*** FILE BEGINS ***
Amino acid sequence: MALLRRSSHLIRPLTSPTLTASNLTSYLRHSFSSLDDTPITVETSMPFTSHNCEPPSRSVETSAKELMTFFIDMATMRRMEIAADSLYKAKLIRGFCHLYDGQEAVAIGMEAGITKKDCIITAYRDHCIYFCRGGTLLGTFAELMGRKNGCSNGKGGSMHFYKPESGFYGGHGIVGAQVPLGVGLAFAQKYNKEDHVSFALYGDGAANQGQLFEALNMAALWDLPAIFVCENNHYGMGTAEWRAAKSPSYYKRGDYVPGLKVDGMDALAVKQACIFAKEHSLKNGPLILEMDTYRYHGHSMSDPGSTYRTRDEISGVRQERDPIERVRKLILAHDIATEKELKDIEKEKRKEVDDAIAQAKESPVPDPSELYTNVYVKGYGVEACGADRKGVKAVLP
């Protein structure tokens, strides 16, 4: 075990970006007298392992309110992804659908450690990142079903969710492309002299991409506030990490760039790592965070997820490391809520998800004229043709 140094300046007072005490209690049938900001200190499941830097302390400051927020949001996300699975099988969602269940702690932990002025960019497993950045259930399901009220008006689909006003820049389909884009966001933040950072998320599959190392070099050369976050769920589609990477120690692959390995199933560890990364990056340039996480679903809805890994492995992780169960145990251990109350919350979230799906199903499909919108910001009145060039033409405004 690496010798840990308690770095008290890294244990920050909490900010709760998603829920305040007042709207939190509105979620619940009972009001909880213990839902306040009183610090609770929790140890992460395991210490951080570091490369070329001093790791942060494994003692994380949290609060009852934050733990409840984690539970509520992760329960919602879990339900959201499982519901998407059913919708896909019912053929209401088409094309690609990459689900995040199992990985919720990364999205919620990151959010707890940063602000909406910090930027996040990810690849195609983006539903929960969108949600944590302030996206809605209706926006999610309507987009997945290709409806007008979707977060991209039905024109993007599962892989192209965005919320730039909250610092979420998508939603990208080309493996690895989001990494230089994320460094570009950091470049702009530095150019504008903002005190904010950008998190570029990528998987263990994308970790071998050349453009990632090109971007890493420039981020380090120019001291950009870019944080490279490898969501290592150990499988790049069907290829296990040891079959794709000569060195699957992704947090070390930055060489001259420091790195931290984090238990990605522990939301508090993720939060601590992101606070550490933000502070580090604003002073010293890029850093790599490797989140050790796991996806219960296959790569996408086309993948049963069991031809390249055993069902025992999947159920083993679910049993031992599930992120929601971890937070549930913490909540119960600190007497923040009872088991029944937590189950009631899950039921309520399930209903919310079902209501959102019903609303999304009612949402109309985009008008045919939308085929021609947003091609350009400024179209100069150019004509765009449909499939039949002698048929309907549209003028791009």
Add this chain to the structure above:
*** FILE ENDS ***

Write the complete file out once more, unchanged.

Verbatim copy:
Amino acid sequence: MALLRRSSHLIRPLTSPTLTASNLTSYLRHSFSSLDDTPITVETSMPFTSHNCEPPSRSVETSAKELMTFFIDMATMRRMEIAADSLYKAKLIRGFCHLYDGQEAVAIGMEAGITKKDCIITAYRDHCIYFCRGGTLLGTFAELMGRKNGCSNGKGGSMHFYKPESGFYGGHGIVGAQVPLGVGLAFAQKYNKEDHVSFALYGDGAANQGQLFEALNMAALWDLPAIFVCENNHYGMGTAEWRAAKSPSYYKRGDYVPGLKVDGMDALAVKQACIFAKEHSLKNGPLILEMDTYRYHGHSMSDPGSTYRTRDEISGVRQERDPIERVRKLILAHDIATEKELKDIEKEKRKEVDDAIAQAKESPVPDPSELYTNVYVKGYGVEACGADRKGVKAVLP
């Protein structure tokens, strides 16, 4: 075990970006007298392992309110992804659908450690990142079903969710492309002299991409506030990490760039790592965070997820490391809520998800004229043709 140094300046007072005490209690049938900001200190499941830097302390400051927020949001996300699975099988969602269940702690932990002025960019497993950045259930399901009220008006689909006003820049389909884009966001933040950072998320599959190392070099050369976050769920589609990477120690692959390995199933560890990364990056340039996480679903809805890994492995992780169960145990251990109350919350979230799906199903499909919108910001009145060039033409405004 690496010798840990308690770095008290890294244990920050909490900010709760998603829920305040007042709207939190509105979620619940009972009001909880213990839902306040009183610090609770929790140890992460395991210490951080570091490369070329001093790791942060494994003692994380949290609060009852934050733990409840984690539970509520992760329960919602879990339900959201499982519901998407059913919708896909019912053929209401088409094309690609990459689900995040199992990985919720990364999205919620990151959010707890940063602000909406910090930027996040990810690849195609983006539903929960969108949600944590302030996206809605209706926006999610309507987009997945290709409806007008979707977060991209039905024109993007599962892989192209965005919320730039909250610092979420998508939603990208080309493996690895989001990494230089994320460094570009950091470049702009530095150019504008903002005190904010950008998190570029990528998987263990994308970790071998050349453009990632090109971007890493420039981020380090120019001291950009870019944080490279490898969501290592150990499988790049069907290829296990040891079959794709000569060195699957992704947090070390930055060489001259420091790195931290984090238990990605522990939301508090993720939060601590992101606070550490933000502070580090604003002073010293890029850093790599490797989140050790796991996806219960296959790569996408086309993948049963069991031809390249055993069902025992999947159920083993679910049993031992599930992120929601971890937070549930913490909540119960600190007497923040009872088991029944937590189950009631899950039921309520399930209903919310079902209501959102019903609303999304009612949402109309985009008008045919939308085929021609947003091609350009400024179209100069150019004509765009449909499939039949002698048929309907549209003028791009």
Add this chain to the structure above: